Heavily armed pro-Trump supporters in riot gear gather near Churchill Downs and vow to protect Louisville from the Breonna Taylor protests during the Kentucky Derby – as the spectators arrive
- Pro-Trump activists and far-right militiamen gathered in Cox Park in Louisville, Kentucky on Saturday
- Men in military gear and armed with semi-automatic weapons vowed to protect the city from any destruction by demonstrators
- A number of social justice groups announced plans to rally over the police shooting of Breonna Taylor
- Taylor, a 26-year-old lifeguard, was shot dead by Louisville police officers during a botched raid in March
Heavily armed pro-Trump supporters and far-right militiamen have rallied near Churchill Downs in Louisville to protect the city from a day of Black Lives Matter protests due to begin during the annual Kentucky Derby.
Hundreds of men in military gear and armed with semi-automatic weapons were in action in Cox Park Saturday morning after a number of local social justice organizations announced plans to rally over the police shooting of Breonna Taylor.
A group of self-described "patriots" and militia members, led by a far-right activist identified as "The Angry Viking", were seen carrying guns, American flags and Trump 2020 badges as they passed through the demonstrations before the demonstrations Area patrolled.
The group told local news networks that they are fed up with the protests and destruction that has rocked the country for the past three months and should protect the city from the chaos to come.
A man with a semi-automatic shotgun stands in front of Dylan Stevens, who calls himself "The Angry Viking" at a meeting of far-right activists and self-described militias on the day of the Kentucky Derby horse race in Louisville
Dozens of men in military gear and armed with semi-automatic weapons were in action in Cox Park on Saturday ahead of scheduled demonstrations calling for justice for Breonna Taylor
A man stands as security during the rally on Saturday. The group said they plan to protect the city from any destruction by protesters
The 146th annual Kentucky Derby has been postponed to September 5th of this year due to the coronavirus pandemic. A spectator blocks their eyes from the sun as the first race at Churchill Downs begins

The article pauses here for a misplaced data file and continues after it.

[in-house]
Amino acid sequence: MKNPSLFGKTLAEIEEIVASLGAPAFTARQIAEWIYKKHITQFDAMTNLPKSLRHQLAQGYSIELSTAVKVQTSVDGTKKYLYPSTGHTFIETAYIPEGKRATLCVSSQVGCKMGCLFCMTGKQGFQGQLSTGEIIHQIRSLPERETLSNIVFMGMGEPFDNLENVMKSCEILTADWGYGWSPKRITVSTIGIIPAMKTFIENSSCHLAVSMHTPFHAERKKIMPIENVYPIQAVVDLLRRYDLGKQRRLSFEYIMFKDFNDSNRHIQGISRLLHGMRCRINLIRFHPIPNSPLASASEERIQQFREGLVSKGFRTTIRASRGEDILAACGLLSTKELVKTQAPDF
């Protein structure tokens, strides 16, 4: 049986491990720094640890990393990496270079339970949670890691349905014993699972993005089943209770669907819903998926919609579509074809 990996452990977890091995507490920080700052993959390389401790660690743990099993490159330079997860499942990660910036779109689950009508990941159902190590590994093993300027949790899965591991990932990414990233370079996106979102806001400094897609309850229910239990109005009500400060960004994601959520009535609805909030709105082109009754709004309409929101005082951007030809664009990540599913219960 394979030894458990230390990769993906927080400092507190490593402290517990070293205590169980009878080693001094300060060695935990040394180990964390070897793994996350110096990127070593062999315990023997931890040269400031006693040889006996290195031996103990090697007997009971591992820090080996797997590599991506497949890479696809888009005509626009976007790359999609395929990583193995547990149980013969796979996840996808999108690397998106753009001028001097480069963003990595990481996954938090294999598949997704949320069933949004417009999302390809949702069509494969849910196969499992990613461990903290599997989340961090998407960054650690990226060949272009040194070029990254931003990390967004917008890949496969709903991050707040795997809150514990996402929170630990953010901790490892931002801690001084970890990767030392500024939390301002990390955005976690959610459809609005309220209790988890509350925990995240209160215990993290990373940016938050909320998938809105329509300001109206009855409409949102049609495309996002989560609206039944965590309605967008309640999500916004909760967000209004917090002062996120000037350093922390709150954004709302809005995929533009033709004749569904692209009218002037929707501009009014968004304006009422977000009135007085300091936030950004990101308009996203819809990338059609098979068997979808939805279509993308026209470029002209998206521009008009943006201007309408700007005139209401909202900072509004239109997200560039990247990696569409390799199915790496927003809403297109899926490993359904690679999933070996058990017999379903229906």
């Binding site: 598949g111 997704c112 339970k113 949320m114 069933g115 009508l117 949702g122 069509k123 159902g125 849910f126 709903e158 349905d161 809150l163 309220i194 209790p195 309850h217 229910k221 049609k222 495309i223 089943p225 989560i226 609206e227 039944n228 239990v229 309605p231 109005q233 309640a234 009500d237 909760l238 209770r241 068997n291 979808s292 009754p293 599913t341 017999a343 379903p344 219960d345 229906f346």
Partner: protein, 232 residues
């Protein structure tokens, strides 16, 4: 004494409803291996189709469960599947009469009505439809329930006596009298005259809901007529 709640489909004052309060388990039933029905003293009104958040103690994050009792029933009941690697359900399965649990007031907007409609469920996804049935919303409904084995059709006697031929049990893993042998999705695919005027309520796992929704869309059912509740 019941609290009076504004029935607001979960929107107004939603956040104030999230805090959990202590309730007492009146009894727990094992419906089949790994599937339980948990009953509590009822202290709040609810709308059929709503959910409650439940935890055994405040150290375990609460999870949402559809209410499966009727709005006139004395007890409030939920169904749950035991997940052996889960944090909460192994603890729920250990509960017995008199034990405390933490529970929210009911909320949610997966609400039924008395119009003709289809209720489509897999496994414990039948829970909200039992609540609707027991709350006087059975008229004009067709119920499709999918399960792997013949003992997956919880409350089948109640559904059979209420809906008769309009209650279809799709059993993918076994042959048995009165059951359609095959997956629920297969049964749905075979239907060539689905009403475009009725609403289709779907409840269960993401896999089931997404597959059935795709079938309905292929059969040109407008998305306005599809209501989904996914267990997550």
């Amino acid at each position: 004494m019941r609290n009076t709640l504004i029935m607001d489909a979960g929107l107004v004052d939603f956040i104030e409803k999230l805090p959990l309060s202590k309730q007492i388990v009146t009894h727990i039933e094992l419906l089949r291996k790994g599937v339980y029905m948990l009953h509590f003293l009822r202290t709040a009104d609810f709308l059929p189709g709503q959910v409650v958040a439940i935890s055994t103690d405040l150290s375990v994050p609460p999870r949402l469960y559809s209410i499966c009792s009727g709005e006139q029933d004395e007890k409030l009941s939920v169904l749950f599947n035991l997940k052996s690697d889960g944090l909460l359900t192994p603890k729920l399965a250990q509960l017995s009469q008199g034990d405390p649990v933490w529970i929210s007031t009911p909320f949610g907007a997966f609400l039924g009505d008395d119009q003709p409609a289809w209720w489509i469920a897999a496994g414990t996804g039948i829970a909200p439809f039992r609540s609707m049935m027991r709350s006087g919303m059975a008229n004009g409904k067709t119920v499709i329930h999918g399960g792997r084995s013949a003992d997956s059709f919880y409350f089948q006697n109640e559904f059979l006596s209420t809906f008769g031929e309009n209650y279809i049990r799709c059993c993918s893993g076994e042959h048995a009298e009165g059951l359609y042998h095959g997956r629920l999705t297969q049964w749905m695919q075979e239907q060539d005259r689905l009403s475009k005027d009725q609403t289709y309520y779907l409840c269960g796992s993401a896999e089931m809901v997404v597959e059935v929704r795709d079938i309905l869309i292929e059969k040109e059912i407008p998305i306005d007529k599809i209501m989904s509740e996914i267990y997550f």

The death of Breonna Taylor, a black woman who was shot dead in her home by Louisville police in March, sparked tense demonstrations across the city for 100 consecutive days.
The three officers involved in her death were not charged.
However, the case is being investigated further. However, the protesters vowed to take to the streets during the famous horse race if investigators didn't make a decision before the weekend.
Black-armed militias NFAC and Until Freedom, both of which had previously held rallies for Taylor in town, said they wanted to demonstrate again on Derby Day, according to WLKY.
The far-right activists cleared the park shortly after 11 a.m. before marching downtown, where protests and counter-protests are due to begin this afternoon.
Far right activists, many in riot gear, gathered before a day of demonstrations and celebrations during the Kentucky Derby
Pro-Trump groups planned a rally after social justice groups announced they would demonstrate during the annual horse race
Footage shared on social media showed armed Trump supporters hoisting American flags as they marched down the street chanting, "USA, USA, USA!"
The prospect of rioting on Derby Day doesn't let contestants know what to expect.
The Louisville Metropolitan Police Department said it will coordinate with the groups so that protesters can express their freedom of assembly while maintaining safety on the streets.
Churchill Downs, home to America's longest uninterrupted sporting event four months later than usual, won't be cheering – or cursing for losing bets – from 150,000 fans this year.
The race, which usually takes place on the first Saturday in May, has been postponed due to the COVID-19 pandemic and organizers had planned to welcome a reduced crowd of less than 23,000 spectators. until escalating positivity rates for COVID-19 in Louisville dictated otherwise.
The 17-horse field will break off on Saturday by a new starting gate that may only be used for the derby. It fits 20 horses, the typical size of the field, which is a little smaller this year.
Guest of Kentucky Derby entering Tiz the Law booth during the national anthem ahead of the 146th run of the famous horse race on Saturday
Horse owners walk through the paddock ahead of the 146th Kentucky Derby at Churchill Downs